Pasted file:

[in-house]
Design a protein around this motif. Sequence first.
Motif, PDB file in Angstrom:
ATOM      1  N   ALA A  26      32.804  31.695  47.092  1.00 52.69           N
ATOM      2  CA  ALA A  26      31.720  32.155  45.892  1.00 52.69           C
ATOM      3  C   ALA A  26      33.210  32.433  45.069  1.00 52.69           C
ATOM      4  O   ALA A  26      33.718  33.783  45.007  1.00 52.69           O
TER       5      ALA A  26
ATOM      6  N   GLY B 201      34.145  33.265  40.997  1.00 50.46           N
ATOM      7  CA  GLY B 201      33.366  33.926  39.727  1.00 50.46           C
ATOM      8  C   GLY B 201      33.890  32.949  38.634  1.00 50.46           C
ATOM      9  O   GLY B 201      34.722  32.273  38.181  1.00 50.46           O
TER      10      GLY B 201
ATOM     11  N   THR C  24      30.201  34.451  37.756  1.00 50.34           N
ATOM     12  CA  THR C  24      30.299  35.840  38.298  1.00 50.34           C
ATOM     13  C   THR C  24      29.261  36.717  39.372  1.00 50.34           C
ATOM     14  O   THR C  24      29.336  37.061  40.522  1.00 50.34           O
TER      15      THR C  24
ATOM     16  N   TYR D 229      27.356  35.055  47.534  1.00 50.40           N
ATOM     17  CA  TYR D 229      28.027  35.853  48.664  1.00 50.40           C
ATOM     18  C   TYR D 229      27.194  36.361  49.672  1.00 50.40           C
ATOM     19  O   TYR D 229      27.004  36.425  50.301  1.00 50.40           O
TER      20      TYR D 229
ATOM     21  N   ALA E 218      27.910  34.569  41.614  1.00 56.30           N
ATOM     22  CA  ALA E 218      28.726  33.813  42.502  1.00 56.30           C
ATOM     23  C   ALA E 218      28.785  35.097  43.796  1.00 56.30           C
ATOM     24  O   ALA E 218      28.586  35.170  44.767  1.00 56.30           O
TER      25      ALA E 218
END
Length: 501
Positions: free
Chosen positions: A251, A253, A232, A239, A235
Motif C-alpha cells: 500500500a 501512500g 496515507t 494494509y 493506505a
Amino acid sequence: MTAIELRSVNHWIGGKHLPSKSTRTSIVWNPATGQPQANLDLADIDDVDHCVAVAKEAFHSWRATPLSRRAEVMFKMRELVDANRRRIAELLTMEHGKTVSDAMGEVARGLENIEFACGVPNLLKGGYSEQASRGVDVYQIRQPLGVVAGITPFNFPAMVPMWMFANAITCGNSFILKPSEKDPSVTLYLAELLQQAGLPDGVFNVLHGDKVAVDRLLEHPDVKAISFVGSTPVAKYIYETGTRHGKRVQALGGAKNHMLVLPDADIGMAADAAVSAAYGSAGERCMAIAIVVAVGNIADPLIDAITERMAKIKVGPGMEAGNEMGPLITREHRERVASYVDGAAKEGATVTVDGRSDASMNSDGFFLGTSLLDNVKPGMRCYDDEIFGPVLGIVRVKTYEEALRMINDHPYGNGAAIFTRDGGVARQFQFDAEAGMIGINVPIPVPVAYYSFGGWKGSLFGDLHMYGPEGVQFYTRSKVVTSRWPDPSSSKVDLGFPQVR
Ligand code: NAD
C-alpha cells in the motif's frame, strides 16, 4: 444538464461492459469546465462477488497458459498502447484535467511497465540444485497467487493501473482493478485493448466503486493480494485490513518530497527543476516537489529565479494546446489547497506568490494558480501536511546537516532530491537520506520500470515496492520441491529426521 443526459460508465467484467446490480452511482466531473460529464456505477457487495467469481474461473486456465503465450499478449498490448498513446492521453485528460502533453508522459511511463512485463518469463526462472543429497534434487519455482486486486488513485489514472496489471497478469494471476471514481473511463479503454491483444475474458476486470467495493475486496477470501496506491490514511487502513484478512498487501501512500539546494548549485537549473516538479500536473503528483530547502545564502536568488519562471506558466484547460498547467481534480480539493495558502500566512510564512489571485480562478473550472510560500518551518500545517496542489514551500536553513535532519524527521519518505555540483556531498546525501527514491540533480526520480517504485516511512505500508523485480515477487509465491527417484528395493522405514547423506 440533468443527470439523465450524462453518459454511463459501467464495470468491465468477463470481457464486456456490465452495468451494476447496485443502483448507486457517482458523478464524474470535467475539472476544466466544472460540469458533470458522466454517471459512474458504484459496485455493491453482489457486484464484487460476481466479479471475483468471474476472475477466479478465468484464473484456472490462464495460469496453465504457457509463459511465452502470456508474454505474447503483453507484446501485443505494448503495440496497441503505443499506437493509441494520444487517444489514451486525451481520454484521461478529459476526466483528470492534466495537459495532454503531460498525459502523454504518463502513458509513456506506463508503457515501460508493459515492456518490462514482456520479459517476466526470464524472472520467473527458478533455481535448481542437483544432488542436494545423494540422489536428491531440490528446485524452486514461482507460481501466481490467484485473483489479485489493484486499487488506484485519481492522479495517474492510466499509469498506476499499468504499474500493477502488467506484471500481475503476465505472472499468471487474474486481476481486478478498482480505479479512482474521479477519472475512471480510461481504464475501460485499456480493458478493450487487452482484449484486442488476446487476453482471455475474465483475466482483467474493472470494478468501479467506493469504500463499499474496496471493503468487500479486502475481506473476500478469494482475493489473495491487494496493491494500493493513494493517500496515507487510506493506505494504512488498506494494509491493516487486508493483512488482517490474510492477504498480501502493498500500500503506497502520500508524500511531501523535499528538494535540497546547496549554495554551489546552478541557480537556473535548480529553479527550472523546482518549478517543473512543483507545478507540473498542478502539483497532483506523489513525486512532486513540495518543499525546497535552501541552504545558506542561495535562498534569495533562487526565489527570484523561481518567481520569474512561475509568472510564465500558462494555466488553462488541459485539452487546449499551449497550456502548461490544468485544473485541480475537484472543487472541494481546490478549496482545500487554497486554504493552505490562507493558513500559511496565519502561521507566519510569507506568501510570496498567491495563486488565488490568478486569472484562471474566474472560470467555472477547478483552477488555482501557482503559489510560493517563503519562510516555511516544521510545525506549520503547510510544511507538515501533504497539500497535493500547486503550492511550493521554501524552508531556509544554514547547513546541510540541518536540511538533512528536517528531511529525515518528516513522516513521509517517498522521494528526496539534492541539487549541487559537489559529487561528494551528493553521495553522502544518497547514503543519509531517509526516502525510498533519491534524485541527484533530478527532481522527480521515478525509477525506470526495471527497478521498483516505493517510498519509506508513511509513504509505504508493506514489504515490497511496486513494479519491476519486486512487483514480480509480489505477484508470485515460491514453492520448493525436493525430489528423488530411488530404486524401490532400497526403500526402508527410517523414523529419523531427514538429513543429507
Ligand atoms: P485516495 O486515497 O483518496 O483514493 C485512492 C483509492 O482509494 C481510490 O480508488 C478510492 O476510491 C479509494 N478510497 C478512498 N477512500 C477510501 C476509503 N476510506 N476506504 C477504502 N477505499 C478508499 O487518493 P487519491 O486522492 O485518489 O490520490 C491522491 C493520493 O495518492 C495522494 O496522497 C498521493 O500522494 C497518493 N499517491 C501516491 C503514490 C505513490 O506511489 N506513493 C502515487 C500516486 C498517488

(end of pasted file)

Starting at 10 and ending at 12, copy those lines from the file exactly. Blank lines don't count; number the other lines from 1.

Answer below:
ATOM      7  CA  GLY B 201      33.366  33.926  39.727  1.00 50.46           C
ATOM      8  C   GLY B 201      33.890  32.949  38.634  1.00 50.46           C
ATOM      9  O   GLY B 201      34.722  32.273  38.181  1.00 50.46           O